Oct 27, 2012

Voting Hurdles Remain for People With Disabilities, Advocates Say

Austin resident Juan Munoz practices voting on a machine set up to assist voters with disabilities. Photo by Natalie Krebs.

By Beth Cortez-Neavel
For Reporting Texas and Dallas Morning News

AUSTIN — David Fowler dreads the memory of the time when he could not vote on his own.

Fowler, 52, is paralyzed from the shoulders down. Before electronic voting machines and specially designed attachments for people with disabilities, Fowler needed a polling assistant to help him cast his ballot.

Once, when he told a helper to mark his vote, he heard her sigh, “almost like she could not believe that I was actually putting a mark and voting for that person,” said Fowler, president of the Texas Chapter for Paralyzed Veterans of America. “I found it very, very insulting and encroaching on my rights. It turned me off so much that basically I didn’t show up and vote again … just because I didn’t want to go through that experience again.”

In 1999, Texas became the first state to require all new voting systems to be accessible to people with disabilities and to provide “practical and effective means” so voters can cast a private ballot. Today, under the federal Help America Vote Act enacted in 2002, every polling place must offer at least one voting machine accessible to people with disabilities.

But voters with disabilities still lag in participation. A study published in July found that the overall voting rate of people with disabilities was 7.2 percent points lower than able-bodied voters in the 2008 presidential election and 3.1 percentage points lower in 2010.

The study estimated that had the groups participated at the same rate, more than 3 million additional votes would have been cast in each election.

Dennis Borel, the executive director at the Coalition for Texans with Disabilities, said this election is crucial for people with disabilities.

“There is a considerable fear among our community,” he said. “They’re seeing a retreat from public health and public services for people with disabilities. It’s undeniable. They know that the last Legislature left $5 billion of Medicaid services unfunded.”

The problem, he and others said, is that issues of importance to the group are not being discussed.

“I haven’t heard a word about people with disabilities mentioned by any of the candidates,” Fowler said. “What I have heard is programs are going to be cut and they’re being real general about what’s going to be cut.”

In Texas, the Governor’s Committee on People with Disabilities encourages “full participation by people with disabilities in all aspects of state and local government, including in the act of voting,” Josh Havens, a spokesman for Gov. Rick Perry said in a written statement. “Voting leads to action, and action leads to results.”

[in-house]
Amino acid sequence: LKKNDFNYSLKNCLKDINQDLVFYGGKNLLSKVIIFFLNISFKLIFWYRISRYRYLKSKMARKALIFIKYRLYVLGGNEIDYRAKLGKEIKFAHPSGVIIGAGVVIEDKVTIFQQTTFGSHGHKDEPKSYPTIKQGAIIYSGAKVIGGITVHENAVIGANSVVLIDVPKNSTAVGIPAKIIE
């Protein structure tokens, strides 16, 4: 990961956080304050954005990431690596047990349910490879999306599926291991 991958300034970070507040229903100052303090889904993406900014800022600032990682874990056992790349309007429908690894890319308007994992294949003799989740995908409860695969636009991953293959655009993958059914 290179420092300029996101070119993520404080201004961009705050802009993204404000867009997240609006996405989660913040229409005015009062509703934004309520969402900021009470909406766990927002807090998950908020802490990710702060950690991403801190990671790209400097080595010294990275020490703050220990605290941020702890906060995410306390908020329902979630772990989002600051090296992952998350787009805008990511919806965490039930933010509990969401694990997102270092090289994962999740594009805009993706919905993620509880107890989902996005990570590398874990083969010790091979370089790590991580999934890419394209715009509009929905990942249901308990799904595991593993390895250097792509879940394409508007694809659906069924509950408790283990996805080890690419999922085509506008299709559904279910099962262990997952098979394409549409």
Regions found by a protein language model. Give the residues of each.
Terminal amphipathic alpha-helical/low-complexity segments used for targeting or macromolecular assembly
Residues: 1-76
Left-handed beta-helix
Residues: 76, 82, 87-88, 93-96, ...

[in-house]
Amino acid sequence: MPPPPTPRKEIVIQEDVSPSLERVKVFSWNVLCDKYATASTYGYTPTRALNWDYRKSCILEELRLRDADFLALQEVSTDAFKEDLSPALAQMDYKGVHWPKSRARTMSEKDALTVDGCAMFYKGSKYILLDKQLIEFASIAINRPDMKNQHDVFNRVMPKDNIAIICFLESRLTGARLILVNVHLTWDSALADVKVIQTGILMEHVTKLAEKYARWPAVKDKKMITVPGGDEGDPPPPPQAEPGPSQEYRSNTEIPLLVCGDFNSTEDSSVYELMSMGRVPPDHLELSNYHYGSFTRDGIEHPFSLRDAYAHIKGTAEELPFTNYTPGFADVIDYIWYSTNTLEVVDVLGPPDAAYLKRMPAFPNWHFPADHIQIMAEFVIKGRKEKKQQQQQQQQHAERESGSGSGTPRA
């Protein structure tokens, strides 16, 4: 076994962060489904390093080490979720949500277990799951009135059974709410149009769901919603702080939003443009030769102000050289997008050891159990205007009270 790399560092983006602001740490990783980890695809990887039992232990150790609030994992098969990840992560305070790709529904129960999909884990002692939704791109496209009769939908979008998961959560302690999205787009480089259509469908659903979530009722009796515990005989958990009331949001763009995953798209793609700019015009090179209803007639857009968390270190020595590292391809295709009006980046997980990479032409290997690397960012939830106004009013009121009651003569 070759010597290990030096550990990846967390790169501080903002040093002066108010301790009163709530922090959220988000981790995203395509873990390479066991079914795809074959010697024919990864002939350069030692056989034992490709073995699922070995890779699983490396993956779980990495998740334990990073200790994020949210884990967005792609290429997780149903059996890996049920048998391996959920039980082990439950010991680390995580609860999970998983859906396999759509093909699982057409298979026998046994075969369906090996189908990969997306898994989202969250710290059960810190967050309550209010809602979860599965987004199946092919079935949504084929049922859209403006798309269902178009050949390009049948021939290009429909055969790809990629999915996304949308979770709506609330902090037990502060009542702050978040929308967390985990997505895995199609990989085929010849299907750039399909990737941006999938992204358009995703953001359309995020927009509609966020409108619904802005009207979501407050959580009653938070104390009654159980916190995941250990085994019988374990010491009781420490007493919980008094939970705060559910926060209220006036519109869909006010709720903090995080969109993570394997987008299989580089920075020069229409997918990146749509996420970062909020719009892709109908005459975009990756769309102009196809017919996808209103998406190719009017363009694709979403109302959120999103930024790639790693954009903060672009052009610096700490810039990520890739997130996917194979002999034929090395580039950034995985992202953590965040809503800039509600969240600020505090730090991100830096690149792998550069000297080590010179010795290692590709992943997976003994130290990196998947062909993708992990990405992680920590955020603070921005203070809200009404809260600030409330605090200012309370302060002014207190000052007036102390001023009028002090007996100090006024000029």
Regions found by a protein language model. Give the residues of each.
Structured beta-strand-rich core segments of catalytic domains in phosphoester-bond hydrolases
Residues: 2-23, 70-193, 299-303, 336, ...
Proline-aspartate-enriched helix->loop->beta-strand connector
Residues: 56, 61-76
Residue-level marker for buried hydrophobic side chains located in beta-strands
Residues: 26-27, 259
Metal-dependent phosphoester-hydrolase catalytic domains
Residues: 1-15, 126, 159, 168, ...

Many voters with disabilities, Borel said, have either had a bad experience voting or have heard from others who have, making them more reluctant to go to the polls.

Gravel parking lots or driveways, round doorknobs, stairs, ramps with too much of an incline and even low-hanging branches can create barriers.

“Even little things like that can prevent somebody from independently being able to go to the polls,” said Ginger Mayeaux, voting rights specialist for the advocacy agency Disability Rights Texas. Others, she said, “just don’t go to vote because they don’t want to be embarrassed or they don’t want to get help to do something that they could do independently if it was accessible.”

The Coalition for Texans with Disabilities, along with Disability Rights Texas, is working to educating people with disabilities, election officials and poll-workers to change the word-of-mouth about voting and to ensure the continued accessibility to polling places. “If you don’t know that you have the right to an accessible machine or accessible polling place,” Mayeaux said, “you can’t use it.”

In addition, a large number of people with disabilities are not registered to vote, partly because registration is often done while obtaining or renewing a driver’s license, and they don’t drive.

Federal law requires that state agencies serving people with disabilities also act as registration centers, including Medicaid offices and assisted-living centers. But “it’s not trickling down,” Mayeaux said.

Others are stymied once they get to the polls. They may be denied access curbside voting, in which a battery-powered electronic voting machine is brought to their car. Or they may find that their polling site does not have necessary modifications, such as headphones that can plug in to the machine.

The majority of inaccessible polling places in Texas are in rural areas with older structures more difficult to modify. “In urban populations, it’s higher up on the agenda,” Borel said.

And even if the polling site is accessible, Borel said, “the No. 1 complaint we hear from voters with disabilities is actually that the poll workers don’t know how to interact with them or have them have a positive voting experience.”

Fowler, who is voting again after skipping it for years, thanks to a stick he controls with his mouth, said independence is what counts.

“Most of us have worked really hard to gain all the independence that we can, and voting is a very important process that should be done independently and without the forced help of someone else,” he said.

Correction: A previous version of this article misquoted Dennis Borel when he spoke about the amount of unfunded Medicaid services.


Headphones and jelly buttons help to assist visually and hearing impaired voters. Photo by Natalie Krebs